Quote:
Originally Posted by Czech Your Math
Perhaps the most useful type of regression would be a time series. Basically, your dependent and independent variables are the same, except the independent variables are time lagged. For instance, for goals:
Y = B0 + M1X1 + M2X2 + ... where X1 is T1, X2 is T2
I.e., Y could be goals in 2012, X1 is goals in 2011, X2 is goals in 2010, etc., all for the same player. Another Y would be goals in 2011, with X1 then being goals in 2010, X2 goals in 2009, etc.
You can try different combos, but I would guess doing separate studies for each category would work best. Rather than just use raw goals, using adjusted GPG is probably going to yield more useful coefficients (otherwise variability in games may affect them as much or more than skill level).
I did a quick, simple study as an example, using (when possible) Y seasons of 20082012 for each of several players (Crosby, Malkin, Ovechkin, Stamkos, St. Louis, H.Sedin, Kovalchuk, Thornton, and Iginla):
Adjusted Total GPG: Y = .128 + .406*X1 + .33*X2
Adjusted Total APG: Y = .292 + .531*X1 + .078*X2
(Y = pergame metric in Year T, X1 = same metric in Year T1, X2 = same metric in Year T2).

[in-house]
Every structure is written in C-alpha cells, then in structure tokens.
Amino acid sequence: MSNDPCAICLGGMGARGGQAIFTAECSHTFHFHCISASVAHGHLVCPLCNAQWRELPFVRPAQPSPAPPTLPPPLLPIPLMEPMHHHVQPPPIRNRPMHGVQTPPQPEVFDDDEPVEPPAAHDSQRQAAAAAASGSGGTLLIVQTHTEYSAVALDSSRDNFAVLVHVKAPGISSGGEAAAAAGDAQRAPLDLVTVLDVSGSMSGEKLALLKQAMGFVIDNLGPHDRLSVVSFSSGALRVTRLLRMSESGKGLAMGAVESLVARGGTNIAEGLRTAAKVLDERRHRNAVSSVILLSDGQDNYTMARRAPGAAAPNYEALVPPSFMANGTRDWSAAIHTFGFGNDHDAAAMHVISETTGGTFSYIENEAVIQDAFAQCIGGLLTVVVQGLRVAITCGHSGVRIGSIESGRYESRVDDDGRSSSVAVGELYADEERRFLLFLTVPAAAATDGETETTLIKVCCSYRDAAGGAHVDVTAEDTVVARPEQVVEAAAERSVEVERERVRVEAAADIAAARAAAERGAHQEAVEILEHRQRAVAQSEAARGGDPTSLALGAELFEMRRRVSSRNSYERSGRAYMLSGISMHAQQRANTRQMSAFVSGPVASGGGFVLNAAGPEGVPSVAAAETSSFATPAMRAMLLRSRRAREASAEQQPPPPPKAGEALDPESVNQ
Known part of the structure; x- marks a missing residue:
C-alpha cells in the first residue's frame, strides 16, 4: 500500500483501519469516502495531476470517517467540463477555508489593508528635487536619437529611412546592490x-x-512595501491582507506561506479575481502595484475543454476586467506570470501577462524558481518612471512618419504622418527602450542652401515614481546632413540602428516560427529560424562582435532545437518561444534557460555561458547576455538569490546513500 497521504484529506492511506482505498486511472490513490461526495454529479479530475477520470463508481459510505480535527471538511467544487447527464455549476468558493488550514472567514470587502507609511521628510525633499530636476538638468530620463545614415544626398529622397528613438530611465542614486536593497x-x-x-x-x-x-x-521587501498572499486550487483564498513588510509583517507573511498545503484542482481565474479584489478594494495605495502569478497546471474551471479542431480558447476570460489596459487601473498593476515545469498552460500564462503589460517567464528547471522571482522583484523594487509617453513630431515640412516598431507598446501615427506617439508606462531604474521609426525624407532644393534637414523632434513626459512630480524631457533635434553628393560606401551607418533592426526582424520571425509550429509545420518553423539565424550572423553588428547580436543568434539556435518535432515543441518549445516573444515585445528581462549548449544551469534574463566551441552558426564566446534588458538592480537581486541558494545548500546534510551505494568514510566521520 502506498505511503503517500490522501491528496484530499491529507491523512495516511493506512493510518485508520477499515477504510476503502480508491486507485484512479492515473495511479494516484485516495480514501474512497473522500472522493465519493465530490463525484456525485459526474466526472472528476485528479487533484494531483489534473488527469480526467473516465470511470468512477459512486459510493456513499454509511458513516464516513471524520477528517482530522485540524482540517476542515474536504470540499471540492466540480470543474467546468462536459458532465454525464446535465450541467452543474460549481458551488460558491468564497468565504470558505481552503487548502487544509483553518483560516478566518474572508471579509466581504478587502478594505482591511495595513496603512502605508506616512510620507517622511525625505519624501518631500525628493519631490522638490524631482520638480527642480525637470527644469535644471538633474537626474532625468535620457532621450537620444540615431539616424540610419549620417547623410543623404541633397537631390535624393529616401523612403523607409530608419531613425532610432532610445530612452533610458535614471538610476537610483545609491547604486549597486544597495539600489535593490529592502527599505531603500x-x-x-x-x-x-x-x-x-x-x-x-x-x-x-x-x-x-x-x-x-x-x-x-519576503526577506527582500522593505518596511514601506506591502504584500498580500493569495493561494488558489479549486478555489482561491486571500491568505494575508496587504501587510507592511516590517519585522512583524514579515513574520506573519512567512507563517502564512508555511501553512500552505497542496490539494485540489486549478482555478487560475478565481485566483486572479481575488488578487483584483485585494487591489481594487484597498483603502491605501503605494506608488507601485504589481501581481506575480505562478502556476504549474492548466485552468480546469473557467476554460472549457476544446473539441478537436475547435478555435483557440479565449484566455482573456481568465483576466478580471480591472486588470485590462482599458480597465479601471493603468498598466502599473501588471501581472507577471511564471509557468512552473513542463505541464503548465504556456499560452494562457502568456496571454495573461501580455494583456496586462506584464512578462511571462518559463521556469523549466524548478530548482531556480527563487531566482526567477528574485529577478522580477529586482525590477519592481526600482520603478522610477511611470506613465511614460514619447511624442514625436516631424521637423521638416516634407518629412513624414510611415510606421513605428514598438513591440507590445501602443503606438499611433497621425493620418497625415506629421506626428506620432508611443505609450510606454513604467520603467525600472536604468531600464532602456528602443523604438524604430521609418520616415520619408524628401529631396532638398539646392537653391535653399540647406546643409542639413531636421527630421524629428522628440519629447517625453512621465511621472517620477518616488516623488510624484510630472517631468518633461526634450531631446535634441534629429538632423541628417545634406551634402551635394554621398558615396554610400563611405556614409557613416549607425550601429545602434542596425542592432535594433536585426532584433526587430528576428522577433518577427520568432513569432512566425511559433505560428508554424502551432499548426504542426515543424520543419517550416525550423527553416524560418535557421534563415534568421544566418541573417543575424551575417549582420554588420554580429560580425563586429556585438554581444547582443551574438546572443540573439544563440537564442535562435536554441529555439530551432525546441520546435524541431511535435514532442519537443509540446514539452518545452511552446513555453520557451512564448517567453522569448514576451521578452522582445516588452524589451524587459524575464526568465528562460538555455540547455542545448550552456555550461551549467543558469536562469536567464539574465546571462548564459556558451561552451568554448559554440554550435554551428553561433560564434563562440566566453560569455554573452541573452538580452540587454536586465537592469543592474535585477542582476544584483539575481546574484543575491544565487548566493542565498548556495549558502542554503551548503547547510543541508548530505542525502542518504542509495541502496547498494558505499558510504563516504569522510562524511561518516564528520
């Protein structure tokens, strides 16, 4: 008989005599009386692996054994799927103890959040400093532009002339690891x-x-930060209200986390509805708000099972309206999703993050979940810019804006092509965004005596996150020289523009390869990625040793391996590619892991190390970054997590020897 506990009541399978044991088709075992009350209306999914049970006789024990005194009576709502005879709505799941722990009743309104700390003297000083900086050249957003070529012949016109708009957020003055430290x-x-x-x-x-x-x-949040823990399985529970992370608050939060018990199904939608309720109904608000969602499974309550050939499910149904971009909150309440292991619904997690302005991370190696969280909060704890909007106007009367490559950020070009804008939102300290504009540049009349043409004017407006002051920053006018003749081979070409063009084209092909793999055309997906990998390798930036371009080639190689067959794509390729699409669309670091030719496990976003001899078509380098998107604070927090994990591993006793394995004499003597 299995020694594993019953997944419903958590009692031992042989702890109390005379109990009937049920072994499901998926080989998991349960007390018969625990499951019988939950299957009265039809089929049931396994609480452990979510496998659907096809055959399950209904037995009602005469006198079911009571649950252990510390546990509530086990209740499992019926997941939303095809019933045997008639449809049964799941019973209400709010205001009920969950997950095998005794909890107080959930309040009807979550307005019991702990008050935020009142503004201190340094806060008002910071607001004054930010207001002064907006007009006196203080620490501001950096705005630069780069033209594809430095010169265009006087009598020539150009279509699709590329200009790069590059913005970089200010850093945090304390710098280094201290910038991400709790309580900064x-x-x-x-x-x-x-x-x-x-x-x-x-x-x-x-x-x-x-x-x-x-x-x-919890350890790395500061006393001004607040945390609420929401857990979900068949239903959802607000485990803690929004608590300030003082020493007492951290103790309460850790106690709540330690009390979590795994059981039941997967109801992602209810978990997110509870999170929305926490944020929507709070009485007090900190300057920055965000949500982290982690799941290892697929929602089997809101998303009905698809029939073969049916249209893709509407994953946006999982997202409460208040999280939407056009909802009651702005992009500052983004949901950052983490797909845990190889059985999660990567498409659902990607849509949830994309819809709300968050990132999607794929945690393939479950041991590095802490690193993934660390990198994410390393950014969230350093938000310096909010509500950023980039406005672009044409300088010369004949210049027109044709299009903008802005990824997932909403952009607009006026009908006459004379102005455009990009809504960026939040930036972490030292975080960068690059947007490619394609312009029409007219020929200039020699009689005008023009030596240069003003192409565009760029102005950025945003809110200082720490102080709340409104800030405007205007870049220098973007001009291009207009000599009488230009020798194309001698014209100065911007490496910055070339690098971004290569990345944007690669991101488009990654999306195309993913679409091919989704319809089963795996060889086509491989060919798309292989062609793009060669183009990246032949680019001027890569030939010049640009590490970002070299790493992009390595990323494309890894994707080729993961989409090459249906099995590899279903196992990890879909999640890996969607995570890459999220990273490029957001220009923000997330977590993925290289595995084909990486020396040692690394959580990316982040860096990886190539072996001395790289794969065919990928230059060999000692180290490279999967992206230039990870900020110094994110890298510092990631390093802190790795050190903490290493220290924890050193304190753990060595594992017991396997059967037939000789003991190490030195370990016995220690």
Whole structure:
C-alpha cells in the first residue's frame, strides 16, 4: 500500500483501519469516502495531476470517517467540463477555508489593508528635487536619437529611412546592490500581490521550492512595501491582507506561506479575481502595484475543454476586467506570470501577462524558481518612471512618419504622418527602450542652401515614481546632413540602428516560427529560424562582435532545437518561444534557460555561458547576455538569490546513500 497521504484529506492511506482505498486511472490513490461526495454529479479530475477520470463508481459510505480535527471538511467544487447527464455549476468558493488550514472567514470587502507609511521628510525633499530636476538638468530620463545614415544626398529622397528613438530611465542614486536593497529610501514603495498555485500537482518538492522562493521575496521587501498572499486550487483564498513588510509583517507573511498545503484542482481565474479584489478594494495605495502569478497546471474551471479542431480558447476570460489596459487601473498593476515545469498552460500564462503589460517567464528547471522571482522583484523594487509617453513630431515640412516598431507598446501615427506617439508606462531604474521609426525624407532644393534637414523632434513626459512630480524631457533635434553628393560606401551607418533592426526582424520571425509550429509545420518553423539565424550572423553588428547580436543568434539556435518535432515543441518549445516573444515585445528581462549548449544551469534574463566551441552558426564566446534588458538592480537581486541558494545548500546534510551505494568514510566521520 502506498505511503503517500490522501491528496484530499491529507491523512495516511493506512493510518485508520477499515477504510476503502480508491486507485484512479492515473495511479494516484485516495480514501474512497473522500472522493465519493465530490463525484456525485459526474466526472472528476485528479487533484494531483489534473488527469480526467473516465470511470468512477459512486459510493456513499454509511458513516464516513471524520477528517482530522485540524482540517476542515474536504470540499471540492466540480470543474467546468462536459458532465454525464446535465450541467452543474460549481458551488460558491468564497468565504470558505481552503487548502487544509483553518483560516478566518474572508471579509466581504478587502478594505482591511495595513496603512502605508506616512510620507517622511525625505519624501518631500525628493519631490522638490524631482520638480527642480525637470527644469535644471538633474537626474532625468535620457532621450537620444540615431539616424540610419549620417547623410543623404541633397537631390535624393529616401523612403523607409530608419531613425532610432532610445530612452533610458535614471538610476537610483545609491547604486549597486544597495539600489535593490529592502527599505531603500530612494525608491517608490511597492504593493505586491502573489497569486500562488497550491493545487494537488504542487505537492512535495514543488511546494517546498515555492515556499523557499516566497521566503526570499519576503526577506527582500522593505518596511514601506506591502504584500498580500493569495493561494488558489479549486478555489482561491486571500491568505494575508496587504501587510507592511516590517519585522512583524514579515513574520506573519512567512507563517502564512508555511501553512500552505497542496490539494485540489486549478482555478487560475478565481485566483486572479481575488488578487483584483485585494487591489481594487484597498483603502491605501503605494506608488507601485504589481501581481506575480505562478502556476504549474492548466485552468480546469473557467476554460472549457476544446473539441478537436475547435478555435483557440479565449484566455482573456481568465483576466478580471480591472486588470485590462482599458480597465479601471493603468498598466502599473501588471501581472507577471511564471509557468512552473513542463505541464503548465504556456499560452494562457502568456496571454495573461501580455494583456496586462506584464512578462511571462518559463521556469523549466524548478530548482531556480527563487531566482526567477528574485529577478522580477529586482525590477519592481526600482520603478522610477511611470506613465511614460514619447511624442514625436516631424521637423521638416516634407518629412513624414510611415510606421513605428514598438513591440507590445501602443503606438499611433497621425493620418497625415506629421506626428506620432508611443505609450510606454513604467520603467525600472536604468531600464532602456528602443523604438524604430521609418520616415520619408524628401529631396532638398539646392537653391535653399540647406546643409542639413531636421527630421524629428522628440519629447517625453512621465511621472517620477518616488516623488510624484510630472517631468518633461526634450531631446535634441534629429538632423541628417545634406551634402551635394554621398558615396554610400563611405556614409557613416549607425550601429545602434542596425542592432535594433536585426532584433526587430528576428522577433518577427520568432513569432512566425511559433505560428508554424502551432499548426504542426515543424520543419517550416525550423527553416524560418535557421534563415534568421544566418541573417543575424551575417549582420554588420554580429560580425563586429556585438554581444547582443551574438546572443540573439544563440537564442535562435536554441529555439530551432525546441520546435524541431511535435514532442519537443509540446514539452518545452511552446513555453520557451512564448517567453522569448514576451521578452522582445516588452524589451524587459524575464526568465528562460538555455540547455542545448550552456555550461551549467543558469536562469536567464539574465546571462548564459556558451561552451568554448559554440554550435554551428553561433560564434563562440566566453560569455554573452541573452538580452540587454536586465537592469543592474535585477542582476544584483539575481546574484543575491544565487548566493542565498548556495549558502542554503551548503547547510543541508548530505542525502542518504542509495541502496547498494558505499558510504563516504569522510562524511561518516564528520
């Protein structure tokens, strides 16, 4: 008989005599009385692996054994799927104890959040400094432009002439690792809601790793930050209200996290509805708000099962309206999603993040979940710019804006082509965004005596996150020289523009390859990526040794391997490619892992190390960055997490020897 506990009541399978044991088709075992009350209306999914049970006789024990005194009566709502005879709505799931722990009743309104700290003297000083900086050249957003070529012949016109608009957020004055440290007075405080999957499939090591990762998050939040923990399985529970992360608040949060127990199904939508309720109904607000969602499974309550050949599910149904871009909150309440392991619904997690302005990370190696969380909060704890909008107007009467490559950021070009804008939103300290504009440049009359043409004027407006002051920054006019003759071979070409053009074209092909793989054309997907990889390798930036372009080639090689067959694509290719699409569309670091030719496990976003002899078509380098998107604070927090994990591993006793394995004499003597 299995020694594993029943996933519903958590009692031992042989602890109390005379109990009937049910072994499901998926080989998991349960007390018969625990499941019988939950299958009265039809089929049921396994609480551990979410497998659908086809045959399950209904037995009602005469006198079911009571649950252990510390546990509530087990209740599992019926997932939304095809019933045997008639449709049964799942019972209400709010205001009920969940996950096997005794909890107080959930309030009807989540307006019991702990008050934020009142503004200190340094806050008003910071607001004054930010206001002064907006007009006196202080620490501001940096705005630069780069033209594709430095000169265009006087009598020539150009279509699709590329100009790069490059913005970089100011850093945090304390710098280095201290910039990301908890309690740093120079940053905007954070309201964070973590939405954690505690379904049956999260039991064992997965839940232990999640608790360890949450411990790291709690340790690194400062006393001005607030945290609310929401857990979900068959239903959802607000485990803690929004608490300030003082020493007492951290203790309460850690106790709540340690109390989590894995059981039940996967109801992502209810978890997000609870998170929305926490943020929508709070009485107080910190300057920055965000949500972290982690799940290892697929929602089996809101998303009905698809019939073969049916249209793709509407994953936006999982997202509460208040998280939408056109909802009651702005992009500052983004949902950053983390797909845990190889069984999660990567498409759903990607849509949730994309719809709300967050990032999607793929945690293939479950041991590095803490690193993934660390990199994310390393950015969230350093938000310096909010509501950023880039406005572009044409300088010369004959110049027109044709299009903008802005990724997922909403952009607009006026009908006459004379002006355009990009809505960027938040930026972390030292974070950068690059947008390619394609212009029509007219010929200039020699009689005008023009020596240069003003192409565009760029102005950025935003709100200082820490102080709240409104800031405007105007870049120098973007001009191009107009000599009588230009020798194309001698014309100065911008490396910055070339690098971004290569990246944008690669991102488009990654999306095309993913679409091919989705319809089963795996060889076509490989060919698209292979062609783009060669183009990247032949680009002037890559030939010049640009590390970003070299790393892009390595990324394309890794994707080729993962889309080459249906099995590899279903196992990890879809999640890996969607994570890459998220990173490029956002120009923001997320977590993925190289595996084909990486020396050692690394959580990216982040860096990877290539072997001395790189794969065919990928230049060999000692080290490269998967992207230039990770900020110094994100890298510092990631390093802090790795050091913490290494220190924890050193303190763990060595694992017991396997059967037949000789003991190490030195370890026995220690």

The further back you lag the series, the more observations you lose, and the more likely it is that those further lagged variables will be insignificant. Also the Yintercept (e.g. .128 for GPG in the above example) is going to vary with skill level, so you may have to either group players by general skill level in each category, or not use a Yintercept.
For GPG, lagged independent variables such as shots/game or Sh% might also be useful.

I understand the concept behind this, but I do not know how to execute this in excel. Given that my draft is in 4 hours, I don't think I'm going to have enough time to do this.
I did go ahead though and sort players into groups of similar skill level/draft position. The groups range in size from 48 players. I also have a draft strategy, where each round I am picking from a corresponding group. I have 6 groups for forwards, 2 for defensemen and 2 for goalies.
This strategy gives me a good grasp of which players to look out for, and when. The only really big issue is that they aren't organized by position, so I have to be monitoring that on the fly so that I don't draft 4 centremen and only 1 winger (our league has 2 positions of each C, LW, RW, 4 D, 2 Goalies and 1 Utility spot).
All in all I feel comfortable and confident going into this draft.